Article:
Schedule and Syllabus

Lectures are held on Tuesdays and Thursdays from 1:30pm to 3:00pm @ Hewlett 201, also Zoom.

Recitations are held on select Fridays from 12:15pm to 1:15pm @ Building 200-230, also Zoom .

Students with Documented Disabilities: Students who may need an academic accommodation based on the impact of a disability must initiate the request with the Office of Accessible Education (OAE). Professional staff will evaluate the request with required documentation, recommend reasonable accommodations, and prepare an Accommodation Letter for faculty. Unless the student has a temporary disability, Accommodation letters are issued for the entire academic year. Students should contact the OAE as soon as possible since timely notice is needed to coordinate accommodations. The OAE is located at 563 Salvatierra Walk (phone: 723-1066, URL:

This is the syllabus for the Fall 2021 iteration of the course.

Homework releases can be found on GitHub.

Event Type Date Description Pre-recorded Materials Live Lecture Materials
Lecture 1 Tuesday
September 21
Course introduction and Logistics
[1.1 What is Computer Vision]
[1.2 Computer Vision Applications]
I. Low-Level Vision (this part will be flipped classroom)
Lecture 2 Thursday
September 23
Photometric Image Formation
[2.1 Images, Sampling and Quantization]
[2.2 Color Physics]
[2.3 Color Matching]
[2.4 Color Constancy]
Recitation 1 Friday
September 24
Python/NumPy Review I
Lecture 3 Tuesday
September 28
[3.1 Linear Systems]
[3.2 Convolution and Correlation]
Lecture 4 Thursday
September 30
[4.1 Edge Detection Overview]
[4.2 Image gradients]
[4.3 A simple edge detector]
[4.4 Sobel edge detector]
[4.5 Canny edge detector]
[4.6 Hough Transform for Line Detection]
Recitation 2 Friday
October 1
Linear Algebra Review
HW0 Due Friday
October 1, 11:59pm
Homework #0 due
[Homework #0]
Lecture 5 Tuesday
October 5
Features and Matching
[5.1 Ransac]
[5.2 Local invariant features]
[5.3 Harris Corner Detector]
Lecture 6 Thursday
October 7
Features and Matching
[6.1 Scale invariant keypoint detection]
[6.2 SIFT]
[6.3 HoG]
Recitation 3 Friday
October 8
HW1 Due Friday
October 8, 11:59pm
Homework #1 due
[Homework #1]
Lecture 7 Tuesday
October 12
Optical Flow
[7.1 Optical Flow]
[7.2 Lukas-Kanade method]
[7.3 Pyramids for Large Motion]
[7.4 Horn-Schunk method]
[7.5 Applications]
II. Geometric Vision (this part will be live)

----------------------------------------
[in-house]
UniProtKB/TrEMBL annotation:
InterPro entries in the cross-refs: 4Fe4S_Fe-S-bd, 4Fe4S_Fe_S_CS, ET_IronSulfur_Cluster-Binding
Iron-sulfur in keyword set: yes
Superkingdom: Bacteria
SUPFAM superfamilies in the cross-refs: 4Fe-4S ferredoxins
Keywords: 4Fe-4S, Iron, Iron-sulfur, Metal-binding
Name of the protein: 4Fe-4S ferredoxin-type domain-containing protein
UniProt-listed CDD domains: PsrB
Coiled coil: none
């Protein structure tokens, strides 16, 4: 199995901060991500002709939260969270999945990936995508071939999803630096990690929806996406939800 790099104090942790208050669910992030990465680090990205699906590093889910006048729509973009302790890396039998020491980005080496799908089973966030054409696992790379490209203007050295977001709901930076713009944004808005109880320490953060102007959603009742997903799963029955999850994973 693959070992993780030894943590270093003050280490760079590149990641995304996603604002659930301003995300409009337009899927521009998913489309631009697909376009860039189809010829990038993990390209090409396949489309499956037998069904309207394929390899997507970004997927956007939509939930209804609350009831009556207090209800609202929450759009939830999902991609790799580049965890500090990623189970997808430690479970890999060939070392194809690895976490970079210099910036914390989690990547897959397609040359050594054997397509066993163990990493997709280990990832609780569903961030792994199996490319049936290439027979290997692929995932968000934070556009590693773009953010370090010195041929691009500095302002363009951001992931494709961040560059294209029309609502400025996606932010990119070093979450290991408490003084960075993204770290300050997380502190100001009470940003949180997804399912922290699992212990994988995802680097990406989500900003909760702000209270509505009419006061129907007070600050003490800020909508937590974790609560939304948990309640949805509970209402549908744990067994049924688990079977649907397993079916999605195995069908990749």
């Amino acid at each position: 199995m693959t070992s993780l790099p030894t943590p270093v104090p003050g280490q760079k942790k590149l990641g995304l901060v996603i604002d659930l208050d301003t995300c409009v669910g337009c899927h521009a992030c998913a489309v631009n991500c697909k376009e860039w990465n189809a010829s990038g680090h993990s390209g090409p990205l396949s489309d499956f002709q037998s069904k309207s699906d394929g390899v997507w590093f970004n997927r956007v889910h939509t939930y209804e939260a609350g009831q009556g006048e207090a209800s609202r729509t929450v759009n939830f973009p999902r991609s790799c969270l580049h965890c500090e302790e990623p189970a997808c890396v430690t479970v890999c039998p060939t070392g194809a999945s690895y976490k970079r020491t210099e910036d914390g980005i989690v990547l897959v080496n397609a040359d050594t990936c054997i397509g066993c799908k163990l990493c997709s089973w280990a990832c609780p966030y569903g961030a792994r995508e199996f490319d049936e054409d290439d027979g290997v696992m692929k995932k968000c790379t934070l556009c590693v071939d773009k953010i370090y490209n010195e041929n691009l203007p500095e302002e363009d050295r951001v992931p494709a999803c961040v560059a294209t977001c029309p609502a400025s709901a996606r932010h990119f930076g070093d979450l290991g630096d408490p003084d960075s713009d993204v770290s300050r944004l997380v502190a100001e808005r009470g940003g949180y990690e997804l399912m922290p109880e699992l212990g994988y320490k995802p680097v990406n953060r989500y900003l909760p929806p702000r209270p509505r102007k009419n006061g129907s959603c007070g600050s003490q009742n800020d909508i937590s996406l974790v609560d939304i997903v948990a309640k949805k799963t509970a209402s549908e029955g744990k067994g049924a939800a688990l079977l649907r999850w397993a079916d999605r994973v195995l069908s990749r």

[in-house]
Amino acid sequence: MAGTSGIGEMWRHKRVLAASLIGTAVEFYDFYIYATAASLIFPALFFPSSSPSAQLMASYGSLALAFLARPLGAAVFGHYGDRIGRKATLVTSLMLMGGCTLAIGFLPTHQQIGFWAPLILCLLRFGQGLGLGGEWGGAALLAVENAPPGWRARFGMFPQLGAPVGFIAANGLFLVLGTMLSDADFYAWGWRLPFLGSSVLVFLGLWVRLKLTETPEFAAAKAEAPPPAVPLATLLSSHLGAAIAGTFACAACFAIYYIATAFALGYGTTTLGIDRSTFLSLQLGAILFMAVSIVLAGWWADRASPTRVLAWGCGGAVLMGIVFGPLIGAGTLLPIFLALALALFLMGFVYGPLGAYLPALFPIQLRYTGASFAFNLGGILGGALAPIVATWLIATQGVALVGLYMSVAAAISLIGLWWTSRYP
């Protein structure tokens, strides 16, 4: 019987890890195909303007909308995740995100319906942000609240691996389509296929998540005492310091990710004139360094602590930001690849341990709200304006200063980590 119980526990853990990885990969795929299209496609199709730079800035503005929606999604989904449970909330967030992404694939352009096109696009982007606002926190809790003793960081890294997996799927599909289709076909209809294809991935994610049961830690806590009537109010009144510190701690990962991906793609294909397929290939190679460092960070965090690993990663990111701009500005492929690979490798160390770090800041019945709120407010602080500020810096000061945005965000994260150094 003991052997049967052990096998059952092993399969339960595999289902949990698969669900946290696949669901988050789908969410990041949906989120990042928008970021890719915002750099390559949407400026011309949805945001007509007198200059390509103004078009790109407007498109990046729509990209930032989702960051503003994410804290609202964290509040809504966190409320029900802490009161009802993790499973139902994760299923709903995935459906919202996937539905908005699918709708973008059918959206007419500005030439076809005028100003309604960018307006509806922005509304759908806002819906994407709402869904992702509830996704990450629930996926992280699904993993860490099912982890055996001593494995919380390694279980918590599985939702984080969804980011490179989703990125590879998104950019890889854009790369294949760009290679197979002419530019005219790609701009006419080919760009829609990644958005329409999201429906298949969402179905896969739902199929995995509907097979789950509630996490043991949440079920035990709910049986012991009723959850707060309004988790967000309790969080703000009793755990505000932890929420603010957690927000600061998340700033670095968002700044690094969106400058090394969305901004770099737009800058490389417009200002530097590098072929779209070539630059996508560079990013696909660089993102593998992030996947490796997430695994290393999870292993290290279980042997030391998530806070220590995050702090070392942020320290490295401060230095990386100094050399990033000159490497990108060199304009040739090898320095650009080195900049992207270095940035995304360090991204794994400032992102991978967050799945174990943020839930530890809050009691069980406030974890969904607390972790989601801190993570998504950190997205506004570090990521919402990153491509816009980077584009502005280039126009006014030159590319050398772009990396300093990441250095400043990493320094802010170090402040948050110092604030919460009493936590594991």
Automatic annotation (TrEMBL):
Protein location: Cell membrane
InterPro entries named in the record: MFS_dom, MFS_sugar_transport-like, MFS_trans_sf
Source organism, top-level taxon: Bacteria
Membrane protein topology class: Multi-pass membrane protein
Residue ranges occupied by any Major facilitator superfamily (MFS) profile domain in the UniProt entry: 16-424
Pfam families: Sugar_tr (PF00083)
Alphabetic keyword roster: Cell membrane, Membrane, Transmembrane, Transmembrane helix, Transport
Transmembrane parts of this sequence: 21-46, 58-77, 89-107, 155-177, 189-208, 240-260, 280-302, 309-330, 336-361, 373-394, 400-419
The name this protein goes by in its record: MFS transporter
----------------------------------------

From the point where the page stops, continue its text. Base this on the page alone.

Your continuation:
Lecture 8 Thursday
October 14
Geometric Image Formation
[Why Geometric Vision Matters]
[Geometric Primitives in 2D & 3D]
[2D & 3D Transformations]
Recitation 4 Friday
October 15
Python/NumPy Review II
HW2 Due Friday
October 15, 11:59pm
Homework #2 due
Edge Detection
[Homework #2]
Lecture 9 Tuesday
October 19
Pinhole Camera Model
[From 3D to 2D: the Pinhole Camera Model]
[Properties of Perspective]
[Monocular cues for 3D]
Lecture 10 Thursday
October 21
Camera Calibration
[Camera Calibration: Estimating intrinsics K]
[Pose Estimation: Estimating extrinsics [R|t]]
HW3 Due Friday
October 22, 11:59pm
Homework #3 due
[Homework #3]
Lecture 11 Tuesday
October 26
Multi-view Geometry
[Epipolar geometry]
Lecture 12 Thursday
October 28
Structure from Motion
[SfM Problem Definition]
[Finding 2D Correspondences]
[Solving for Cameras and 3D Points]
HW4 Due Friday
October 29, 11:59pm
Homework #4 due
Panorama Stitching
[Homework #4]
III. Visual Pattern Recognition (this part will be live)
November 2
No class (Stanford Democracy Day)
Lecture 13 Thursday
November 4
[13.1 Introduction]
[13.2 Gestalt theory]
[13.3 Agglomerative clustering]
[13.4 Oversegmentation]
HW5 Due Friday
November 5, 11:59pm
Homework #5 due
Camera + Calibration
[Homework #5]
Lecture 14 Tuesday
November 9
[14.1 K-means]
[14.2 Mean-shift]
Lecture 15 Thursday
November 11
Supervised & Deep Learning
[15.1 ML For CV: A Brief Overview]
IV. Advanced Topics (this part will be live)
Lecture 16 Tuesday
November 16
Understanding Videos
[16 Understanding Videos]
Lecture 17 Thursday
November 18
Vision for Robotics & Self-driving
[17 Self-Supervised 3D Vision]
Lecture 18
Guest Lecture by Vincent Sitzmann
November 30
Self-supervised Scene Representation Learning
Lecture 19
Guest Lecture by Anna Bethke
December 2
The FATE of AI Ethics: How to research AI in a fair, accountable, transparent, explainable, and ethical manner